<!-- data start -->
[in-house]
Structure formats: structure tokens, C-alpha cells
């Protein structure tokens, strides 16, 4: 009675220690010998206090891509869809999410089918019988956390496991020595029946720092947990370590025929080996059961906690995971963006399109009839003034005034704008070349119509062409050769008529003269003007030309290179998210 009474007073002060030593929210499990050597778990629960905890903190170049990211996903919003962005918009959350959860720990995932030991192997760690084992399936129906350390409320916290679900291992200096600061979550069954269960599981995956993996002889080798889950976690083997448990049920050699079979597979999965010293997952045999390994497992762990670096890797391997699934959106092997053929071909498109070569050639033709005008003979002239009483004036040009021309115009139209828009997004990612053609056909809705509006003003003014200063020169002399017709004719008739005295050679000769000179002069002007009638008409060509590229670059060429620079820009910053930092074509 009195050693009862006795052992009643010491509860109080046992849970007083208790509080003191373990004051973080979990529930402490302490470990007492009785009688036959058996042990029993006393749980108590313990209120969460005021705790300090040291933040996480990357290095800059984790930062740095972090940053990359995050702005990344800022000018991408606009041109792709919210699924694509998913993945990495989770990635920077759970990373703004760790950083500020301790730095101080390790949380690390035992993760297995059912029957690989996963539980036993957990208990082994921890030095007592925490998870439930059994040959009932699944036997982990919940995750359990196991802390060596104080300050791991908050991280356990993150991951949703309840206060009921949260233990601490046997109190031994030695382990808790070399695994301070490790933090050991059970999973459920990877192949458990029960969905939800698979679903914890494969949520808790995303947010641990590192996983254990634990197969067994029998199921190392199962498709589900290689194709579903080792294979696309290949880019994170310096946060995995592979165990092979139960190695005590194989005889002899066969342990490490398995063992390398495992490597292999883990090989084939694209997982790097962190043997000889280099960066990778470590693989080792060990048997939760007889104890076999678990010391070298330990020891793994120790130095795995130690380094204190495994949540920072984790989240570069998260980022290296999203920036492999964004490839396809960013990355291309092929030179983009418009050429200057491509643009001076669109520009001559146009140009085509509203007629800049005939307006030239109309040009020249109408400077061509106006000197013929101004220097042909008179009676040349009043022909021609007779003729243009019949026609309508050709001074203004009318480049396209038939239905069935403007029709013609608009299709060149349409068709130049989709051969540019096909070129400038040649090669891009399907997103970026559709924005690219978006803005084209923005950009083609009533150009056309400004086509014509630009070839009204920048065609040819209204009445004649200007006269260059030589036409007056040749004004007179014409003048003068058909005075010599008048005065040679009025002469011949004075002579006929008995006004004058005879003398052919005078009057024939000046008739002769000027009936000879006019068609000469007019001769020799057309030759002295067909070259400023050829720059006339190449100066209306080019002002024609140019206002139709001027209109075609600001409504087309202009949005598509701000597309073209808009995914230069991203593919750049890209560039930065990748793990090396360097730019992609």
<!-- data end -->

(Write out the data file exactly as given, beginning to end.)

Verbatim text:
[in-house]
Structure formats: structure tokens, C-alpha cells
């Protein structure tokens, strides 16, 4: 009675220690010998206090891509869809999410089918019988956390496991020595029946720092947990370590025929080996059961906690995971963006399109009839003034005034704008070349119509062409050769008529003269003007030309290179998210 009474007073002060030593929210499990050597778990629960905890903190170049990211996903919003962005918009959350959860720990995932030991192997760690084992399936129906350390409320916290679900291992200096600061979550069954269960599981995956993996002889080798889950976690083997448990049920050699079979597979999965010293997952045999390994497992762990670096890797391997699934959106092997053929071909498109070569050639033709005008003979002239009483004036040009021309115009139209828009997004990612053609056909809705509006003003003014200063020169002399017709004719008739005295050679000769000179002069002007009638008409060509590229670059060429620079820009910053930092074509 009195050693009862006795052992009643010491509860109080046992849970007083208790509080003191373990004051973080979990529930402490302490470990007492009785009688036959058996042990029993006393749980108590313990209120969460005021705790300090040291933040996480990357290095800059984790930062740095972090940053990359995050702005990344800022000018991408606009041109792709919210699924694509998913993945990495989770990635920077759970990373703004760790950083500020301790730095101080390790949380690390035992993760297995059912029957690989996963539980036993957990208990082994921890030095007592925490998870439930059994040959009932699944036997982990919940995750359990196991802390060596104080300050791991908050991280356990993150991951949703309840206060009921949260233990601490046997109190031994030695382990808790070399695994301070490790933090050991059970999973459920990877192949458990029960969905939800698979679903914890494969949520808790995303947010641990590192996983254990634990197969067994029998199921190392199962498709589900290689194709579903080792294979696309290949880019994170310096946060995995592979165990092979139960190695005590194989005889002899066969342990490490398995063992390398495992490597292999883990090989084939694209997982790097962190043997000889280099960066990778470590693989080792060990048997939760007889104890076999678990010391070298330990020891793994120790130095795995130690380094204190495994949540920072984790989240570069998260980022290296999203920036492999964004490839396809960013990355291309092929030179983009418009050429200057491509643009001076669109520009001559146009140009085509509203007629800049005939307006030239109309040009020249109408400077061509106006000197013929101004220097042909008179009676040349009043022909021609007779003729243009019949026609309508050709001074203004009318480049396209038939239905069935403007029709013609608009299709060149349409068709130049989709051969540019096909070129400038040649090669891009399907997103970026559709924005690219978006803005084209923005950009083609009533150009056309400004086509014509630009070839009204920048065609040819209204009445004649200007006269260059030589036409007056040749004004007179014409003048003068058909005075010599008048005065040679009025002469011949004075002579006929008995006004004058005879003398052919005078009057024939000046008739002769000027009936000879006019068609000469007019001769020799057309030759002295067909070259400023050829720059006339190449100066209306080019002002024609140019206002139709001027209109075609600001409504087309202009949005598509701000597309073209808009995914230069991203593919750049890209560039930065990748793990090396360097730019992609």